How can these petty things go on around us when people are dying under the broken remains of buildings? Christians and Muslims are both supposed to be peace loving; where is their aid now? Yemen could spend its arms cash on doctors or medical supplies. France could... well, just shut up. Argh.

Me, I support doctors. They will do what they can, and will continue to do what they can. I support those who teach, whether it's how to build a fresh water well, or how to sow crops that will feed the hungry, or how to raise animals that will offer not just meat but wool for cloth and milk for those who need. Education is the great equalizer, imo.

My prayers go out. They go out to those in Haiti. They go out to those stuck in the rubble, and those trying to save them. They go out to the injured, the lost, the terrified. They go out to the people with relatives in that awful place. May the gods above grant them some kind of peace.

Wednesday, January 6, 2010

New Year

It's a new year, and a new decade. How interesting. I have struggled a lot through 2009, and grown immensely. I'm proud of who I am becoming, and am no longer afraid that in growing I will lose who I was before. I am me, and that part will never change.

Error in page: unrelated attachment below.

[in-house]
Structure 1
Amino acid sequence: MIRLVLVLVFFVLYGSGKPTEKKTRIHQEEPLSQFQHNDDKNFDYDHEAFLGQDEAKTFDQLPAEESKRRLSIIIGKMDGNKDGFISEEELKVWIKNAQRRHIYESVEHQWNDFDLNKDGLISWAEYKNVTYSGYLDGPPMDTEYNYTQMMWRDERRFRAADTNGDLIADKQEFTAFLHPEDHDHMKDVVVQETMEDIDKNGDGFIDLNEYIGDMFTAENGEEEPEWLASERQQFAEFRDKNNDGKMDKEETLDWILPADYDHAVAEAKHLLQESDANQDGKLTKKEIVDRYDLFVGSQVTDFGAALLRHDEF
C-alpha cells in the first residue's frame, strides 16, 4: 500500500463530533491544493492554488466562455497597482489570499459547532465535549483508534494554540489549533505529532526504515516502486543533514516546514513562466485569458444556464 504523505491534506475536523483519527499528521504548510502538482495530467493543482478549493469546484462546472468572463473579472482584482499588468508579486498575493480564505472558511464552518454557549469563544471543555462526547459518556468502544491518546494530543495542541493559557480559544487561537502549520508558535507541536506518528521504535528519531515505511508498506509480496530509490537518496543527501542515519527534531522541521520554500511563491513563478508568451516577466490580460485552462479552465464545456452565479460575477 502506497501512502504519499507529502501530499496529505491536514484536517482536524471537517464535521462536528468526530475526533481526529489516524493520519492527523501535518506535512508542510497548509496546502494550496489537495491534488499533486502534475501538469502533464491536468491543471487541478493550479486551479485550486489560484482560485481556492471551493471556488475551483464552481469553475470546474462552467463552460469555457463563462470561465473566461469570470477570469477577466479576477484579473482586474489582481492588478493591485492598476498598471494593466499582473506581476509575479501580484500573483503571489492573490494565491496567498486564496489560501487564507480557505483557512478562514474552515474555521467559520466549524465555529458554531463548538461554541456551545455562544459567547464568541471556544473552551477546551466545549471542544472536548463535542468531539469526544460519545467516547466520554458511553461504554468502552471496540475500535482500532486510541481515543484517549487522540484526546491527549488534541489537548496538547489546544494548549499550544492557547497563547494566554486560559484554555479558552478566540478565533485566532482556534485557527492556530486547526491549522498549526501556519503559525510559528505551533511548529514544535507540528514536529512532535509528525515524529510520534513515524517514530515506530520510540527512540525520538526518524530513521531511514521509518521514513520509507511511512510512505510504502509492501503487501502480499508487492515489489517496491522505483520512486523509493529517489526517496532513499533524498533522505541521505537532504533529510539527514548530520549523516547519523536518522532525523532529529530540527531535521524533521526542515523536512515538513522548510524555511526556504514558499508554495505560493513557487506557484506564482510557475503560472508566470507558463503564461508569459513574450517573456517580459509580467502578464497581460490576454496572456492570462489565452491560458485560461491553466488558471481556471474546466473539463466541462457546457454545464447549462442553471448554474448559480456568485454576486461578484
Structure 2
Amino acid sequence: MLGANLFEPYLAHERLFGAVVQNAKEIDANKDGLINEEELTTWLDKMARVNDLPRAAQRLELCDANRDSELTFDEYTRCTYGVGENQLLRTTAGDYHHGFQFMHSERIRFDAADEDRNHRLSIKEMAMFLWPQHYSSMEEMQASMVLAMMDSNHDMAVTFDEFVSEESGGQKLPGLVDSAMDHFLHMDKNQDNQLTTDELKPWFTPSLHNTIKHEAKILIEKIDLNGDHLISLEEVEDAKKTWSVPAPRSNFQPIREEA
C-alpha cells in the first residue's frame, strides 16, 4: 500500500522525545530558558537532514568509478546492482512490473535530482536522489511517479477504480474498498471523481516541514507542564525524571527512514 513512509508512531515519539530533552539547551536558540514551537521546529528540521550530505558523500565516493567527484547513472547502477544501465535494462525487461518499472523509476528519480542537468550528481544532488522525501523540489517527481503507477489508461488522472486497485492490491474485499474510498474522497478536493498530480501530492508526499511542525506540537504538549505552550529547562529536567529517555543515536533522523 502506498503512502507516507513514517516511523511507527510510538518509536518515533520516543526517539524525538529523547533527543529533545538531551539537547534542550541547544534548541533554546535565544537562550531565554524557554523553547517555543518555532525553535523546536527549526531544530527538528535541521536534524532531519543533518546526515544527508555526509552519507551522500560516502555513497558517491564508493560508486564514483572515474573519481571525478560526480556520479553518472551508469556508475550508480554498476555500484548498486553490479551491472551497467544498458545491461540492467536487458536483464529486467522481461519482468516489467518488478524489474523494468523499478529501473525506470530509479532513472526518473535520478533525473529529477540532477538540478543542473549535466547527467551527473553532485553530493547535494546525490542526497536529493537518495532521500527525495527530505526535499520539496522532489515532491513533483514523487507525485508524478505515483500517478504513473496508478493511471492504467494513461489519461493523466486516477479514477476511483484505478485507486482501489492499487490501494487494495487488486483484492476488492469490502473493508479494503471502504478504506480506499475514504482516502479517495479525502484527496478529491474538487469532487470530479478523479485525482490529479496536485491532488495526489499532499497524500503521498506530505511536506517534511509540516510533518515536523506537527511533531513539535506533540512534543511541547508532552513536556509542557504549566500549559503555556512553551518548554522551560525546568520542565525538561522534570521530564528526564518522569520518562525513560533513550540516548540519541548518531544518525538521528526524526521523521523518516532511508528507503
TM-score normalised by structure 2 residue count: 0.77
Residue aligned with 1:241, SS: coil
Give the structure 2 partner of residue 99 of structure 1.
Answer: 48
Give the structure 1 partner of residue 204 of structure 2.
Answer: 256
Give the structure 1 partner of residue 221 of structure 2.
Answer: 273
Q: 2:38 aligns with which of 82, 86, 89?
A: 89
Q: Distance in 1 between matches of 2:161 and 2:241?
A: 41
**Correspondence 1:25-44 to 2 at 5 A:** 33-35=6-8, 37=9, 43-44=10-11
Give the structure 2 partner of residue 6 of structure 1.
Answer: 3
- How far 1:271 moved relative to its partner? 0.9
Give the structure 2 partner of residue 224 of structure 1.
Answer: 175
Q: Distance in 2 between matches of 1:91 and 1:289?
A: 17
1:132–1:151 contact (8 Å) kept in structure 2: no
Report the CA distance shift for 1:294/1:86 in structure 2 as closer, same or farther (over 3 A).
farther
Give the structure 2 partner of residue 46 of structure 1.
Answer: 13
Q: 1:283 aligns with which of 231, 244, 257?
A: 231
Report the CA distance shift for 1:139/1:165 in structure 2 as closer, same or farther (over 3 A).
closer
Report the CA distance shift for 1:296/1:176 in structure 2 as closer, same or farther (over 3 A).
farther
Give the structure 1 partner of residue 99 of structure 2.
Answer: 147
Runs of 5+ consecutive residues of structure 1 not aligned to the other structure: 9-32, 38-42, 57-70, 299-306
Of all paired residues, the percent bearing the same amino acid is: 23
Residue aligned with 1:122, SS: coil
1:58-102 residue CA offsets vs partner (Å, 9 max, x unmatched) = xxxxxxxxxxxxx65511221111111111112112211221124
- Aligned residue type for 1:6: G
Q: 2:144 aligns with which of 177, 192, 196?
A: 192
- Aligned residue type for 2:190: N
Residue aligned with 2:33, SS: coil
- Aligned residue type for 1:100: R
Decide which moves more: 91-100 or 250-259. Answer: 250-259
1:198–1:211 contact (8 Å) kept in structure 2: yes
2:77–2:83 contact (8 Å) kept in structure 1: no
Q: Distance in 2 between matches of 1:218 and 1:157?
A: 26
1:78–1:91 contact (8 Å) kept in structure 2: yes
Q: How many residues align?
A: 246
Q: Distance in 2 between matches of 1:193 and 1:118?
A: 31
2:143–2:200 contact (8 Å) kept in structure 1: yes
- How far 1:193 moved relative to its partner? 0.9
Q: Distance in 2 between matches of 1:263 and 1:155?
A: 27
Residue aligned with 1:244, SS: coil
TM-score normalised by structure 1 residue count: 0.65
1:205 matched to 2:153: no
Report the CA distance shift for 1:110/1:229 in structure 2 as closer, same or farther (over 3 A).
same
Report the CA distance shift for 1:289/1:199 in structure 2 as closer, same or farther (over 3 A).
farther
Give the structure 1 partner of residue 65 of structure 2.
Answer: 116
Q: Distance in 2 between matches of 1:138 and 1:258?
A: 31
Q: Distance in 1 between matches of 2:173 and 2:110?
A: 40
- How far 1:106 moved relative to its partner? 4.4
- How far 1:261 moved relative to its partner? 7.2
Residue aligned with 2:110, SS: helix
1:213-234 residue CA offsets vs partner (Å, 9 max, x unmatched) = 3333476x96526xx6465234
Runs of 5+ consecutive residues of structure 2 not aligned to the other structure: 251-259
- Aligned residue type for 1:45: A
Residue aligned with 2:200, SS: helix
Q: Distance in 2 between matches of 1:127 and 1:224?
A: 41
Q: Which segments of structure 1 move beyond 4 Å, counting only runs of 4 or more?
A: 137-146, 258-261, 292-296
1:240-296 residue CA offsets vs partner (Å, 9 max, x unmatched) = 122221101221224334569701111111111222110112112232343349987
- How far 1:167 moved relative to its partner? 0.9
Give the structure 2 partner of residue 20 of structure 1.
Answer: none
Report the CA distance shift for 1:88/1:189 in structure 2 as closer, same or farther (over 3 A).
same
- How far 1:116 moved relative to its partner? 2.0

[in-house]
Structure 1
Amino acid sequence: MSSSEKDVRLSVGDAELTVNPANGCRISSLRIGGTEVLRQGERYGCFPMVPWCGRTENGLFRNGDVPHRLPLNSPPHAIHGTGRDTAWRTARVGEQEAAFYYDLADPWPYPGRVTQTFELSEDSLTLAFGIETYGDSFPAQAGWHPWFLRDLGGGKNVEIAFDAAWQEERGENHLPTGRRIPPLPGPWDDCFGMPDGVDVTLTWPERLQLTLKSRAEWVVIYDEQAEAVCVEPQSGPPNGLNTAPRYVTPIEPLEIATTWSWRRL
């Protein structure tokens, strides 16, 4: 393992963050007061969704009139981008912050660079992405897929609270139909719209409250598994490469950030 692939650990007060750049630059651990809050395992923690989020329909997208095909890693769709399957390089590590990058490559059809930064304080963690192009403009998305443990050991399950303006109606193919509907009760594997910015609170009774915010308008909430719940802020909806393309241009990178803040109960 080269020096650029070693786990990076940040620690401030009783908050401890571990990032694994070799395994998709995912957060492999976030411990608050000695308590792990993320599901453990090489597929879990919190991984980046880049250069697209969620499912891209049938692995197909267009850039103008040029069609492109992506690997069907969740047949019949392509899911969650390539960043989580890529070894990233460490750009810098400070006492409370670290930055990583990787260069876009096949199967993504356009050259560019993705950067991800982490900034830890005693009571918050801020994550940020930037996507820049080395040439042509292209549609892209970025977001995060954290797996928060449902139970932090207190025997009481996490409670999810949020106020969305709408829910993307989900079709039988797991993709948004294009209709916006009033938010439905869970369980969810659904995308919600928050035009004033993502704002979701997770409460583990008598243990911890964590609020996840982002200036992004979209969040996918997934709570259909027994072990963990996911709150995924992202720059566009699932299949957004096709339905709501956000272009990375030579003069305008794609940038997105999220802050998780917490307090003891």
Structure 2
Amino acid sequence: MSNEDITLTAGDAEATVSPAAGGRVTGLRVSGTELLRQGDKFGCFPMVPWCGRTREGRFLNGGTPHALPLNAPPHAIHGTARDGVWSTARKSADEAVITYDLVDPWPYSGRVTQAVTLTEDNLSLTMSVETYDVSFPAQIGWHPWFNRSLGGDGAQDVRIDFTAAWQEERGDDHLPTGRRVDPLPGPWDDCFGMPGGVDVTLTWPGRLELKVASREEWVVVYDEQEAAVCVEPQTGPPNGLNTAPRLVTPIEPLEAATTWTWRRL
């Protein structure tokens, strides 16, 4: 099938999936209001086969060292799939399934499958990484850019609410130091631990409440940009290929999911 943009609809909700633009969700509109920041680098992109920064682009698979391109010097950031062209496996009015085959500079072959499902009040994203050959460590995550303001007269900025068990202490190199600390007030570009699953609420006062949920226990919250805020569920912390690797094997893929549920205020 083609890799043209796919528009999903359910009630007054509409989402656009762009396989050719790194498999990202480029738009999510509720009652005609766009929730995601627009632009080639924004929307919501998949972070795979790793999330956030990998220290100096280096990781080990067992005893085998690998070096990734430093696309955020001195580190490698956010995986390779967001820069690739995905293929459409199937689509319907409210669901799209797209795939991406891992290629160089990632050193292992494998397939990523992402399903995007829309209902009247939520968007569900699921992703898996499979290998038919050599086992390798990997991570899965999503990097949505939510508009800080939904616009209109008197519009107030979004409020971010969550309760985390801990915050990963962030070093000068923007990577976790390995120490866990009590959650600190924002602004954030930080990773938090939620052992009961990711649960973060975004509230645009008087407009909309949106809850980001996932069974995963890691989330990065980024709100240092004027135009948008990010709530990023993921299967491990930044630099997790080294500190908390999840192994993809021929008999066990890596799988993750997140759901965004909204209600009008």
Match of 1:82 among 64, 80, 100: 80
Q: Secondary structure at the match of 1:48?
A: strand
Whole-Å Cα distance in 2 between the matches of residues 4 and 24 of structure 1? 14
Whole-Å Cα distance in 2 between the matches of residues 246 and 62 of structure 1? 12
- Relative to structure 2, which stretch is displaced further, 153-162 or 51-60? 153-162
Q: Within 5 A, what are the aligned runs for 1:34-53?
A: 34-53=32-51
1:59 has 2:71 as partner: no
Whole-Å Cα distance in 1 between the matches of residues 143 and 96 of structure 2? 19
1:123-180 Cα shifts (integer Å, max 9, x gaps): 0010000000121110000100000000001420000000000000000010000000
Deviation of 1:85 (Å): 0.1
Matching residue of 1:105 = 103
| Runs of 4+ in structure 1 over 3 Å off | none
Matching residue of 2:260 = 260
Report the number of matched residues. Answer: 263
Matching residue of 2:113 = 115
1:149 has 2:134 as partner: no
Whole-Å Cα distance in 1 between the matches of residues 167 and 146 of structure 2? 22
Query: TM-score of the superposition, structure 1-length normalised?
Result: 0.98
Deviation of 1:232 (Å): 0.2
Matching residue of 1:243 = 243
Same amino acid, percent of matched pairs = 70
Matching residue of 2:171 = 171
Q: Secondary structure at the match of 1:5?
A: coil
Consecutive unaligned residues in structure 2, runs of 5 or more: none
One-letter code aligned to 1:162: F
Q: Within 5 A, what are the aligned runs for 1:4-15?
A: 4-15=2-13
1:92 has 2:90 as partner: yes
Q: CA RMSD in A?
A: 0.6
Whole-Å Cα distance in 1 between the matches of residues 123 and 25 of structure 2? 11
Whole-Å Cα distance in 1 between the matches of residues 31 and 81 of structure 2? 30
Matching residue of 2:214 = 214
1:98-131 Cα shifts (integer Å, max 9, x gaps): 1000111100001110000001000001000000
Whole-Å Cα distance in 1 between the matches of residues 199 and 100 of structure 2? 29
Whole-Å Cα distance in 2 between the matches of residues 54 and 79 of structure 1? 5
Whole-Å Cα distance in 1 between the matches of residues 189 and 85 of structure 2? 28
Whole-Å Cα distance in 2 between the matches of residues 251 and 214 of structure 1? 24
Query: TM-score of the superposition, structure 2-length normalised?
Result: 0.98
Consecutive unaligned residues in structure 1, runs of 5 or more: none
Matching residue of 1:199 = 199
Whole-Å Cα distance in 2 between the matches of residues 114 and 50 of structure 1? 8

We're just starting to plan out the 2010 garden, and it's kind of exciting, and kind of scary at the same time. It's only January 6th... I want to relax and do winter stuff for a bit. But... it must be done.

I got a new phone today, much needed as my old one was really starting to fail in a number of ways. I'm quite pleased. It's an Alias, and I really like it. I need to get one cord to allow me to hitch it up to my computer so I can put songs on it, and then it will function as an MP3 player as well as my phone and calendar. Life is good.

On the spiritual front, I spent Sunday afternoon up in the woods with the kids. We took up some wine and some pretzels as offering, and took the tractor as far as we could then walked the rest of the way to the temple. I spent a few minutes saying a long prayer to Dionysos (I try and do special honors for him on the 17th day of the lunar month. That's about 2 days after full moon, which was on New Year's Eve this year. I also try to give honors to Artemis on the full moon, but wasn't home to do so this month. After saying my prayers to Dionysos, and praising him, the children and I made offerings into the snow. The red wine looked very interesting where it poked through. There was a very good feel to the whole thing, and the girltwin's eyes got very wide at one point. I always wonder what she sees.